When jQuery fires a callback function, whether it is an event handler, an each iterator, or a filter function, it will normally give you a DOM element as the function’s context, accessible via the this keyword. It’s common practice to subsequently wrap this in jQuery(...) resulting in a newly constructed jQuery instance.

This is no fault of jQuery’s but this practice of redundant “wrapping” generally sucks.

I “tweeted” a while ago, complaining of this:

Constructing a new jq obj on each iteration just to access some text seems wrong. jQuery(‘a’).map(function(){ return $(this).text(); });

Paul Irish suggested that I use jQuery.text instead of jQuery.fn.text, meaning that I wouldn’t have to bother with constructing a new jQuery object every single time my function was called. This was a good suggestion but unfortunately not all of jQuery’s methods have corresponding single-node functions, and it would mean not being able to chain methods.

This is a growing problem, and is only worsened by developers’ insistence on constructing multiple jQuery objects with the same element! -

jQuery('a').click(function(){
 
    if (jQuery(this).attr('href') === 'blah') {
        jQuery(this).next('.whatever').slideToggle();
    }
 
    jQuery(this).fadeTo('slow', 0.4);
 
    return false;
 
});

Eew! Not only are there multiple pointless constructors, but Mr. Uber Cool jQuery Developer isn’t accustomed to the DOM, so has absolutely no idea that, in most situations, this.href would suffice for getting the href property value. This kind of misuse has been discussed in step #3 here: http://encosia.com/2010/03/30/5-steps-toward-jquery-mastery/.

The real problem remains that there are three jQuery objects being constructed, — I feel that it is a library’s obligation to protect against misuse like this. Even if you’re only constructing one jQuery object in a callback it’s still somewhat pointless, in that you’re only doing so to call a couple of methods…

In light of my concerns I thought it would make sense to experiment with some ways to alleviate this troublesome situation. In the end, I landed on something so dead-simple that I feel silly even shining a spotlight on it:

jQuery.single=function(a){return function(b){a[0]=b;return a}}(jQuery([1]));

76 characters. Here’s the readable version:

jQuery.single = (function(o){
 
    var collection = jQuery([1]); // Fill with 1 item, to make sure length === 1
 
    return function(element) {
 
        // Give collection the element:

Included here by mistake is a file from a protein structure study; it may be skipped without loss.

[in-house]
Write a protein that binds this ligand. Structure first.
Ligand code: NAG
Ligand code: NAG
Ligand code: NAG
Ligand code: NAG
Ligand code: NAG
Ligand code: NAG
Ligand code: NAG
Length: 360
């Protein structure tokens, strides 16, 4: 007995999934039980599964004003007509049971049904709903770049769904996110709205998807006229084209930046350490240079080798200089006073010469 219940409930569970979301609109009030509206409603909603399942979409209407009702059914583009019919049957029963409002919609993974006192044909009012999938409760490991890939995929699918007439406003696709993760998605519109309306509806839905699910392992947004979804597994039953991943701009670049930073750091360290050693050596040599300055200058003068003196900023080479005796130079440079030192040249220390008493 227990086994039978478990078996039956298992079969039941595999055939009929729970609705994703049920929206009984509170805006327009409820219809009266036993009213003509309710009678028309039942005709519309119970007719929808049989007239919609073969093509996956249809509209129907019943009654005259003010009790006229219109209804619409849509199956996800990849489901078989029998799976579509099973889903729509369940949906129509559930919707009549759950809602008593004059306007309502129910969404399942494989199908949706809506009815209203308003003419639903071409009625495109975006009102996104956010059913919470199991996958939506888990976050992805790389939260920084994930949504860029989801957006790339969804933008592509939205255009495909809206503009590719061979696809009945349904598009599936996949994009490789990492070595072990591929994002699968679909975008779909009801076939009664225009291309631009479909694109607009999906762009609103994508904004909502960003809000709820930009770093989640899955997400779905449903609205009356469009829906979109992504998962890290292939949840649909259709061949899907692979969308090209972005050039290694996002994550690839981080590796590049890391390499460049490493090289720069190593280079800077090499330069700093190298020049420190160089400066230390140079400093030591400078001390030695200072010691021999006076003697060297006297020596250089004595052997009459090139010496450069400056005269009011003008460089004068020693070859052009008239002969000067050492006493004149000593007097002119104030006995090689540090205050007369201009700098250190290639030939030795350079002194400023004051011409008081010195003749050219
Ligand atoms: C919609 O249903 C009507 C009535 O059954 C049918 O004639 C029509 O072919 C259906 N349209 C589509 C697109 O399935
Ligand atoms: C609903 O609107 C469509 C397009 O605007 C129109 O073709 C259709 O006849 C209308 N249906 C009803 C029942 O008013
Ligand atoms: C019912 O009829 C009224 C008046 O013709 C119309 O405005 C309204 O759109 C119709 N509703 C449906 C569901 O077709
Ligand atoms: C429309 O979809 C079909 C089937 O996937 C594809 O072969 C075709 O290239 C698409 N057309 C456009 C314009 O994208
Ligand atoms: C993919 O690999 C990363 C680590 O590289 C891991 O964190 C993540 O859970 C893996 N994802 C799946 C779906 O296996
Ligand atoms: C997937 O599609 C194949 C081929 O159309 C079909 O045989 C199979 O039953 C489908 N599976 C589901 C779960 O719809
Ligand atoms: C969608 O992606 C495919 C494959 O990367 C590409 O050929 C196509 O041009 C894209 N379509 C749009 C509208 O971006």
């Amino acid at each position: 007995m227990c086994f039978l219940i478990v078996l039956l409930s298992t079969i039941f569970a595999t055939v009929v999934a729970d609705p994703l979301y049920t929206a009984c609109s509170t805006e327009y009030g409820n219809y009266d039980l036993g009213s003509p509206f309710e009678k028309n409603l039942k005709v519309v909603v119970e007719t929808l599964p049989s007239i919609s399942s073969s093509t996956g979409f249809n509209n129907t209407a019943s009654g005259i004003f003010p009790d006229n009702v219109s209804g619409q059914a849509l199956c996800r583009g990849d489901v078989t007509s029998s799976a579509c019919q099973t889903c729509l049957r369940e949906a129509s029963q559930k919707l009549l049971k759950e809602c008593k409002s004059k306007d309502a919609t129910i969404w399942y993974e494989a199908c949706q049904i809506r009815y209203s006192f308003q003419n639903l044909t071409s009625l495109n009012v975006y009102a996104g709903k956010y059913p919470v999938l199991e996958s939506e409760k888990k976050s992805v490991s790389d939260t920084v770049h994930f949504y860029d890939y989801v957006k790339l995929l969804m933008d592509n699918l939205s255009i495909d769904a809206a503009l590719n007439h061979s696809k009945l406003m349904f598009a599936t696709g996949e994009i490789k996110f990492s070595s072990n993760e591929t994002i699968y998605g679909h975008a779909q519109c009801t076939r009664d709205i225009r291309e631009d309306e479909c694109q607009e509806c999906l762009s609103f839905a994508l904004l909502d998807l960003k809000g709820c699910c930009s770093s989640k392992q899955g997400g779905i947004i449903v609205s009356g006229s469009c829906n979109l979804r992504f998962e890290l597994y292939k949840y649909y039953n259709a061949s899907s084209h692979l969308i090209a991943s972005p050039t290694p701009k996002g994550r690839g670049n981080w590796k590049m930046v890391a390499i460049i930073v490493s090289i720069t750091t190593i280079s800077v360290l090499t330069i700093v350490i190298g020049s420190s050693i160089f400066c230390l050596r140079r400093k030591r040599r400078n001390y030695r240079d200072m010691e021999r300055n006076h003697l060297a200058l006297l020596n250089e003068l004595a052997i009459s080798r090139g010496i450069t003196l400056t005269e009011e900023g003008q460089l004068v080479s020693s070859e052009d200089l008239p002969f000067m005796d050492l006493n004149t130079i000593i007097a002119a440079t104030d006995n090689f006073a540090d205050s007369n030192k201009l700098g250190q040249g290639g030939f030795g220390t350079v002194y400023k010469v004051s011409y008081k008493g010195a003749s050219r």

collection[0] = element;
 
        // Return the collection:
        return collection;
 
    };
 
}());

A single jQuery object is being created and is then used for every single call to jQuery.single — so only one jQuery object is ever being created. If you think about it, we tend to wrap elements in jQuery(...) (i.e. in a jQuery instance) so that we can have access to jQuery’s methods. Very rarely do we mutate the object itself — even when you call parent() or children(), the jQuery object itself isn’t being changed — a new object is being returned. It’s this non-mutability which makes this solution viable.

Obviously, you can’t use it in exactly the same was as jQuery(); jQuery.single will only work when you pass a single DOM element. Here’s an example of its usage:

jQuery('a').click(function(){
 
    var html = jQuery.single(this).next().html(); // Method chaining works!
 
    alert(html);
 
    // etc. etc.
 
});

Also, you can’t cache it and save it for later as you normally would… well, actually, you can — but the object will change when you next call jQuery.single, so be careful! And please note that this is only meant to be used in situations where you have a DOM element that requires immediate wrapping.

You might be thinking that we could do away with this trickery by simply remembering to “cache” our jQuery objects, like so (using the example from before):

jQuery('a').click(function(){
 
    var me = jQuery(this);
 
    if (me.attr('href') === 'blah') {
        me.next('.whatever').slideToggle();
    }
 
    me.fadeTo('slow', 0.4);
 
    return false;
 
});

This is a good practice, but is still not quite as speedy as jQuery.single. I absolutely recommend making up your own mind by carrying out your own tests, but having tested jQuery.single() myself I can tell you that it performs better.

You can make it even faster by assigning jQuery.single to a (closely-scoped) variable:

var $_ = jQuery.single;
 
// Use $_(this) ...